Pes Planus – The Causes and Treatment for Flat Feet

Pes planus is a common issue that is easily diagnosed, and one we treat often. It is a condition in which the arch of your foot is lowered or flattened out, which causes excessive pronation of the foot, forefoot abduction, and eversion of the heel, as seen in the video below.

In most people with flat feet, the inside edge of their shoes typically wears down more quickly because their weight is on the inside of their foot. While most patients know what flat feet are, most don’t know what causes it or why we need to treat it because most of the time it is a painless condition.

Pes planus can be inherited or can be caused by the arches not developing during childhood. It can also be acquired over time, caused by conditions such as rheumatoid arthritis, stroke, diabetes, obesity, hypertension, or from simple wear and tear stresses of age that weaken the tendon that runs along inside of ankle and helps support your arch.

Most patients rarely have symptoms, but pes planus could cause pain in the foot because of changes in work environment, injury, sudden weight gain, activities that put excessive stress on the feet (excessive standing, walking, jumping, or running), or footwear with limited support. This pain can be relieved with calf stretching or foot strengthening exercises, over the counter medications, heat therapy or massaging. Flat feet can alter the alignment of the legs and could cause instability, or even ankle, knee, or lower back joint issues.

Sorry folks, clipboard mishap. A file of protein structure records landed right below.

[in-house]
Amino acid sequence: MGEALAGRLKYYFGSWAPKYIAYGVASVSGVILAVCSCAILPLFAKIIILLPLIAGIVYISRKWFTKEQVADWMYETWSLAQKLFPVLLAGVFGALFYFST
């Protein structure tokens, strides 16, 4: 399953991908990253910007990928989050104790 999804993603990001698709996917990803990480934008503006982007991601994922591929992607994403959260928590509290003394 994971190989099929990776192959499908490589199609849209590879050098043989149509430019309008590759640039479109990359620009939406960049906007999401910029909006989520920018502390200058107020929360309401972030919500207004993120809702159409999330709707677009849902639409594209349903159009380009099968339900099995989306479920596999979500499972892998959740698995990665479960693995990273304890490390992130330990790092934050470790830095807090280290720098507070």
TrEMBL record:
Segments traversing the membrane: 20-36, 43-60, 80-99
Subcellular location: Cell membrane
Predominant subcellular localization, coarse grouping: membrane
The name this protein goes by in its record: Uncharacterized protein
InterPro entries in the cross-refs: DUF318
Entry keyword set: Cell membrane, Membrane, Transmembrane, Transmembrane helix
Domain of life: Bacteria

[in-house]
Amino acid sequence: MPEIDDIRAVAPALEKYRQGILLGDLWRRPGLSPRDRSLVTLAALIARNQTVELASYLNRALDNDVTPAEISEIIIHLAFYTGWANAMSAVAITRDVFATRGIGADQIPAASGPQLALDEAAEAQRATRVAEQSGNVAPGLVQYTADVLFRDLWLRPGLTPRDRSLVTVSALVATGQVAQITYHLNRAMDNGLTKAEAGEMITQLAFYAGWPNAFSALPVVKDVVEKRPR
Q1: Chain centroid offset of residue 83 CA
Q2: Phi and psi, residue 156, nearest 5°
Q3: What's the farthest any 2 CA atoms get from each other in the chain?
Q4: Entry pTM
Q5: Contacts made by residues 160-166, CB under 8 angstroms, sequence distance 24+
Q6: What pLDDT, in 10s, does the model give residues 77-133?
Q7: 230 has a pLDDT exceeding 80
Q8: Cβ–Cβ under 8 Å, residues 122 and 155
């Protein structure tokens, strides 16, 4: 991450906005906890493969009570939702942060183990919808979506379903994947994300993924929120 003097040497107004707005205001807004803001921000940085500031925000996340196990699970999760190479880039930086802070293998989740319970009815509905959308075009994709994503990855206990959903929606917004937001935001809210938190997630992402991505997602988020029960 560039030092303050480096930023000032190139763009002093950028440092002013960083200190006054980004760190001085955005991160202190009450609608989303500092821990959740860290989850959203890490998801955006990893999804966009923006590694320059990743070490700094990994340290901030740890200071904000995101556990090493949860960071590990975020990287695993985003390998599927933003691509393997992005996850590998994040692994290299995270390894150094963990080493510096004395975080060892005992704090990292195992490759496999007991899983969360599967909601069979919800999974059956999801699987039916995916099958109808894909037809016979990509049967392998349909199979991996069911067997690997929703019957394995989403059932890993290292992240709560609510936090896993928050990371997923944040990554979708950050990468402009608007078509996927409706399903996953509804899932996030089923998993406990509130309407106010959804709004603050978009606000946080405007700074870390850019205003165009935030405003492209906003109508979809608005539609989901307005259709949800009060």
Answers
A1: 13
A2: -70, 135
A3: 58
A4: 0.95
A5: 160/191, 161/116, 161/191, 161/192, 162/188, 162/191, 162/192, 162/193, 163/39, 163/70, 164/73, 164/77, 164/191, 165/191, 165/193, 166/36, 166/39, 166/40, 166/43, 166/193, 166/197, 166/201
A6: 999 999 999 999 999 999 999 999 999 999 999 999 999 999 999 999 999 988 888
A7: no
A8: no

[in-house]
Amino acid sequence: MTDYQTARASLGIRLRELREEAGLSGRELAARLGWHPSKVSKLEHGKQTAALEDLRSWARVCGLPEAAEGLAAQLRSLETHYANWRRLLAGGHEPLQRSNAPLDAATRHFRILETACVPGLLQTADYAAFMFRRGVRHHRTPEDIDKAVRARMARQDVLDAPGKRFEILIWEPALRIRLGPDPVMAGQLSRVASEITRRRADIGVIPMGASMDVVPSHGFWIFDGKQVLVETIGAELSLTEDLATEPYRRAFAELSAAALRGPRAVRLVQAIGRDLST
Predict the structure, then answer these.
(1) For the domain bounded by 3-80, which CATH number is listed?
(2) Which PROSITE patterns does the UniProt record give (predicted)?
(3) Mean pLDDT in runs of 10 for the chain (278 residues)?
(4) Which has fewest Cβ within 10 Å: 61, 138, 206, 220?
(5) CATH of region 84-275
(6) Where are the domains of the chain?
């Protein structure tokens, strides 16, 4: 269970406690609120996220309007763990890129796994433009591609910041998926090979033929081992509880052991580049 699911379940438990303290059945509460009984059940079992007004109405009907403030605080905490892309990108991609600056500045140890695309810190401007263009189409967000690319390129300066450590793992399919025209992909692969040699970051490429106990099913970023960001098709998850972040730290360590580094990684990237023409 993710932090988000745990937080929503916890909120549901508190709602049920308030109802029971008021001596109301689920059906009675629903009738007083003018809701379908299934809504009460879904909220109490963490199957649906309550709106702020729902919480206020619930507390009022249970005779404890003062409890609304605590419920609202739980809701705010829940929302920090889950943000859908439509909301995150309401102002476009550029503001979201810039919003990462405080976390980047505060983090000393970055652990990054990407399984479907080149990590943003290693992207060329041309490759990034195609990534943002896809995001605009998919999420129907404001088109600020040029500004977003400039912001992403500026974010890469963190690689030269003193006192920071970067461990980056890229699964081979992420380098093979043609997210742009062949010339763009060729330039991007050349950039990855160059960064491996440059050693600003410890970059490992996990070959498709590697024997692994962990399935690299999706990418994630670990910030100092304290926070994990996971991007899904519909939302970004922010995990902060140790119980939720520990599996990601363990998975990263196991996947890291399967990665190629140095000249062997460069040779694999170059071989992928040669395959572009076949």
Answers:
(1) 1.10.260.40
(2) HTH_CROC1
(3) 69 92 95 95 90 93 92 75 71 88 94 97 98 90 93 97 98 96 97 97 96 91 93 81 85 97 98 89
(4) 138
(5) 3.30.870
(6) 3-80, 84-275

Treatment for children with flat feet is typically straightforward because their feet are flexible, meaning their foot is mobile but has excessive valgus at the heel and minimal arch height when the child is weight bearing. This is typically able to be corrected with good shoes and foot orthotics to realign the arch and give added stability. However, treatment in adults can be more complicated.

Adult Acquired Flatfoot

Adult acquired flatfoot over time and can be classified into 4 different stages:

  • Stage I: pain along the medial ankle and arch with bilateral symmetrical flatfoot. This can be treated with custom foot orthotics and well-fitting shoes with good support. The purpose of orthotics is to block or limit painful or destructive motion without reducing or restricting normal motion or muscle function. Physical therapy should be used in stage I or early in stage II to strengthen the muscles and tendons that help support your arch.
  • Stage II: divided into 5 sub-stages in which the deformity gets progressively less flexible. The deformity is also no longer symmetrical. Early in stage II, foot orthotics may be able to correct some of the deformity, but as you progress to late stage II, a short ankle foot orthotic (AFO) may better control the foot and ankle. The device should be articulating, allowing normal motion at the ankle, while still supporting the arch and maintaining the ankle in a neutral position. (
  • Stage III: the deformity is now completely rigid with a flat foot and valgus at the heel. This deformity needs increased control, so your orthotist may recommend an ankle gauntlet type AFO that is non-articulating. A rocker sole may also be added to your shoe to aid in rollover while you are walking since there is no movement at the ankle.
  • Stage IV: characterized by arthritis and a valgus deformity at the ankle. Typically the best treatment for late stage III or stage IV flat foot is a solid ankle AFO or surgical treatment.

Certain modifications can be made to your orthotics to better support your flat feet.